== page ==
WASHINGTON — Supreme Court nominee Neil Gorsuch pledged to be independent or "hang up the robe" as the U.S. Senate began rancorous hearings Monday on President Donald Trump's conservative pick to fill a Supreme Court seat that has been vacant for more than a year.
Gorsuch sought to take the edge off Democratic complaints that he has favored the wealthy and powerful in more than 10 years as a federal judge. The 49-year-old Coloradan told the Senate Judiciary Committee he has tried to be a "neutral and independent" judge and has ruled both for and against disabled students, prisoners and workers alleging civil rights violations.
"But my decisions have never reflected a judgment about the people before me, only my best judgment about the law and facts at issue in each particular case," Gorsuch said. That was his opening statement a day ahead of expected pointed questioning from committee Democrats.
A Supreme Court confirmation hearing is a major occasion on Capitol Hill — the last one was in 2010 — but Monday's was overshadowed by a separate event in the Capitol complex. On the House side, FBI Director James Comey was testifying that the bureau is investigating Russian meddling in last year's election and possible links and coordination between Russia and associates of Trump.
Blending the two hearings, Democratic Sen. Richard Blumenthal of Connecticut referred to "a looming constitutional crisis" that the Supreme Court might need to resolve. The court's eight current justices are roughly divided ideologically between conservatives and liberals.
The Russian story line as well as Trump's verbal attacks on federal judges both during the campaign and as president have fed into Democratic efforts to force Gorsuch to break publicly with the man who nominated him. Gorsuch already has told some senators in private meetings that he found the criticism of the judges disheartening. But Blumenthal said the nominee needs to make a statement "publicly and explicitly and directly."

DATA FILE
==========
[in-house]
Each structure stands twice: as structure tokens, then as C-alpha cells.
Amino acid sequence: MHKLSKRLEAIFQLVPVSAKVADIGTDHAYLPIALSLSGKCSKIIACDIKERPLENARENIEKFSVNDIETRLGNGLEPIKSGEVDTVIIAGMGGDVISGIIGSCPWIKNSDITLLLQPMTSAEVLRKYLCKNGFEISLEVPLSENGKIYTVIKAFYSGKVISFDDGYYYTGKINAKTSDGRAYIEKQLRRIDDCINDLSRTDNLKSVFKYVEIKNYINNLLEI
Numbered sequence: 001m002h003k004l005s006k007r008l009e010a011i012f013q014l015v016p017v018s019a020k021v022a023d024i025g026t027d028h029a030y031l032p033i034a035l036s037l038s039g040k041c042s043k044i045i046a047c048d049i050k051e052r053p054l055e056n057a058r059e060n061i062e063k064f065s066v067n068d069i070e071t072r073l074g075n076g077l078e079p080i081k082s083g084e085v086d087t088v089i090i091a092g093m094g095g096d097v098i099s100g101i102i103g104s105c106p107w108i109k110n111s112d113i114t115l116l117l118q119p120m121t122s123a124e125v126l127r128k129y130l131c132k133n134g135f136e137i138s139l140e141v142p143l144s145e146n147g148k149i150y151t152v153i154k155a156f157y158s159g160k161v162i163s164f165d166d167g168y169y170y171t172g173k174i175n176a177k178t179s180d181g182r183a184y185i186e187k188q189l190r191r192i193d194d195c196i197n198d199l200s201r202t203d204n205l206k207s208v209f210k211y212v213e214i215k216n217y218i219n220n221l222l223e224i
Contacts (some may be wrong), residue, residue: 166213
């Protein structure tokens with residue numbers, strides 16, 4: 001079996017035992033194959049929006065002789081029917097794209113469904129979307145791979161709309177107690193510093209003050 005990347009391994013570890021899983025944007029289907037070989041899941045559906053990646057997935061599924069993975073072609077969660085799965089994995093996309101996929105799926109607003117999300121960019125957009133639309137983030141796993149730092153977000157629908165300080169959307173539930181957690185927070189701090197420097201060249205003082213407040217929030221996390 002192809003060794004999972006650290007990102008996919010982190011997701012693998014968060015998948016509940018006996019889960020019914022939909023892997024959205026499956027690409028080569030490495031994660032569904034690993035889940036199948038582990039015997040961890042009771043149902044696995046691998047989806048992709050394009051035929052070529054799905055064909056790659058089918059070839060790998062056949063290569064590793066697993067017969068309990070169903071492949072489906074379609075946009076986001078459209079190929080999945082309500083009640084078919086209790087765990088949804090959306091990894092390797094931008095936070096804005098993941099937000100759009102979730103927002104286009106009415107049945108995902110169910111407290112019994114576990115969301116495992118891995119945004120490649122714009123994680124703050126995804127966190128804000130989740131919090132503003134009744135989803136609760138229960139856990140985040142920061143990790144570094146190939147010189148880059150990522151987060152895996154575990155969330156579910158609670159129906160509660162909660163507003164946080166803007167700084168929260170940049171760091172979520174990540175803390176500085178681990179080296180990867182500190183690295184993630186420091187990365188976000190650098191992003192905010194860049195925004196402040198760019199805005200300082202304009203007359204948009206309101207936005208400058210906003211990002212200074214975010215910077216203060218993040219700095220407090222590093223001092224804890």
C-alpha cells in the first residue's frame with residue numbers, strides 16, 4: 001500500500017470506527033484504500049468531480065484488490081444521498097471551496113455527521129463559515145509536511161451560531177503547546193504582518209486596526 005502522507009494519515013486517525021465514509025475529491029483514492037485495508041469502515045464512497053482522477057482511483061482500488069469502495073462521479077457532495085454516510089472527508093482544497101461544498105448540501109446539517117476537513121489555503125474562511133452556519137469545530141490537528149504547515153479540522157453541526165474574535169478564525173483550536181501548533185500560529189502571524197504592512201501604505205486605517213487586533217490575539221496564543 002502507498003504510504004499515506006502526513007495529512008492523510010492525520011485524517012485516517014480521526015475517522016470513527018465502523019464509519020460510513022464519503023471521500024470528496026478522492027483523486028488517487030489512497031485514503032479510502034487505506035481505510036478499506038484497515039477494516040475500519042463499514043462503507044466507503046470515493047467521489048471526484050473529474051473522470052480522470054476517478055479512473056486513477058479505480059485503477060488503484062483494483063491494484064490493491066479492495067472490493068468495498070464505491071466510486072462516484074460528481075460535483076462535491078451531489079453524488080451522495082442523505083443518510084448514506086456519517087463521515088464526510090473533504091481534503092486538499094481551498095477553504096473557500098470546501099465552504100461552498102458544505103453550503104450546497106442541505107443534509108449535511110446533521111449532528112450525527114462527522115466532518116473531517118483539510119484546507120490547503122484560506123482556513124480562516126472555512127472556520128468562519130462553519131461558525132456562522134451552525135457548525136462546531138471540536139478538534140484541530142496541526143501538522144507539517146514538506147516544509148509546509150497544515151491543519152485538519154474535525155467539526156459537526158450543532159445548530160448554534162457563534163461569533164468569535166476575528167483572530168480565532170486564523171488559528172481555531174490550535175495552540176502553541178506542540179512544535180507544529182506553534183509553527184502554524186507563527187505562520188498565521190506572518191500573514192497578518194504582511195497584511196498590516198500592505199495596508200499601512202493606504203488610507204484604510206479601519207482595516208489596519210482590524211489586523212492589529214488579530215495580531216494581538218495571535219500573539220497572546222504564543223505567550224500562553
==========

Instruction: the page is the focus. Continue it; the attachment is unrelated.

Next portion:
For their part, Republicans uniformly portrayed Gorsuch as a genial, principled judge whose qualifications make him eminently suitable for the nation's highest court. "I'm looking for a judge, not an ideologue," Sen. John Kennedy of Louisiana said.
Actual questioning is to begin Tuesday. Committee chairman Chuck Grassley, an Iowa Republican, said he expects a committee vote on Gorsuch's nomination on April 3, which would allow the full Senate to take up the nomination that week. Gorsuch could be on the bench by the time the justices meet for a round of arguments in mid-April.
Democrats, under intense pressure from liberal base voters horrified by the Trump presidency, entered the hearings divided over how hard to fight Gorsuch's nomination given that the mild-mannered jurist is no right-wing bomb thrower and is widely expected to win confirmation in the end, one way or another.
Even while insisting they would evaluate Gorsuch fairly, several spoke angrily about the treatment of Judge Merrick Garland, Obama's Supreme Court nominee, who was denied even a hearing for 10 months last year by Senate Republicans. The Democrats also took shots at Trump himself, and criticized the fact that Gorsuch appeared on a list of potential Supreme Court nominees vetted by the Federalist Society and Heritage Foundation.
"Senate Republicans made a big show last year about respecting the voice of the American people in this process," said Sen. Patrick Leahy, D-Vt. "Now they are arguing that the Senate should rubber stamp a nominee selected by extreme interest groups and nominated by a president who lost the popular vote by nearly 3 million votes."